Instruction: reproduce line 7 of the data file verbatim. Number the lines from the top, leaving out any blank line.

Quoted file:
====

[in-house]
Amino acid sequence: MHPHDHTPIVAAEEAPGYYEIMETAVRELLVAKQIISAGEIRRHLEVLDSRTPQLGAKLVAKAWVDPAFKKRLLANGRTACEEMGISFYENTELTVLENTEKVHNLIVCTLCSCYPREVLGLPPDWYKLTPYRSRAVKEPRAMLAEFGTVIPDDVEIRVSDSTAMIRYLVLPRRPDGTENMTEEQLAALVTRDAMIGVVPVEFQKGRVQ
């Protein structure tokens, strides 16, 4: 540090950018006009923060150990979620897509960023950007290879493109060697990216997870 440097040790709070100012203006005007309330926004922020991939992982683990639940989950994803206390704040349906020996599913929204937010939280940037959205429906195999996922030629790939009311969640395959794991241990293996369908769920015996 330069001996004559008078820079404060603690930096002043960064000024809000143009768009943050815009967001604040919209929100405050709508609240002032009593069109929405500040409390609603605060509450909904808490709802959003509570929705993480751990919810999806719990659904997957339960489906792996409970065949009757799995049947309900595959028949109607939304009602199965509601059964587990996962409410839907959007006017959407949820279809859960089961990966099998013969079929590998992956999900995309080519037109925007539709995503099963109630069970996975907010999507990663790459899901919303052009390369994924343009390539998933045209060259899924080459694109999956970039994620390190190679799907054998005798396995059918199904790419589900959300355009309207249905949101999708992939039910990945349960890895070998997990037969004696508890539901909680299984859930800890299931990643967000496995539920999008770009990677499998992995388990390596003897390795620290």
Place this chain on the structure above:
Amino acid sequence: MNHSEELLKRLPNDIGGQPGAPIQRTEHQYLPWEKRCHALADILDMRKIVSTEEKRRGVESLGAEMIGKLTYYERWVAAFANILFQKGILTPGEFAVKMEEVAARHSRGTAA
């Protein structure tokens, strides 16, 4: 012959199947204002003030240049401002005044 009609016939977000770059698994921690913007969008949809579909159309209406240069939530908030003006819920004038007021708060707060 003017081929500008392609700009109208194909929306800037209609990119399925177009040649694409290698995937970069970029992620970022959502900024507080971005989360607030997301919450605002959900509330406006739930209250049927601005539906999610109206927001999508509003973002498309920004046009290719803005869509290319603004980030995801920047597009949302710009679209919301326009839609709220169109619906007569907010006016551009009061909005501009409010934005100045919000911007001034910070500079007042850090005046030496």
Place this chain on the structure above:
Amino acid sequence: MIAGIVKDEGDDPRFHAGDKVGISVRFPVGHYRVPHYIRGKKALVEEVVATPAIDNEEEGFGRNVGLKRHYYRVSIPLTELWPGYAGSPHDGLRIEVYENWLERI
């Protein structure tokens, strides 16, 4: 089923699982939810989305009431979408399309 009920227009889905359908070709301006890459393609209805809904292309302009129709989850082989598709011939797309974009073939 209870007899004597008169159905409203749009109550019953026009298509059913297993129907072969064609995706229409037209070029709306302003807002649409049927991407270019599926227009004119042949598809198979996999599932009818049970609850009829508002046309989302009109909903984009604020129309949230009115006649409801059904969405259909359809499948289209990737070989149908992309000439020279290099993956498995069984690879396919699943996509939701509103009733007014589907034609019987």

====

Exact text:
Place this chain on the structure above: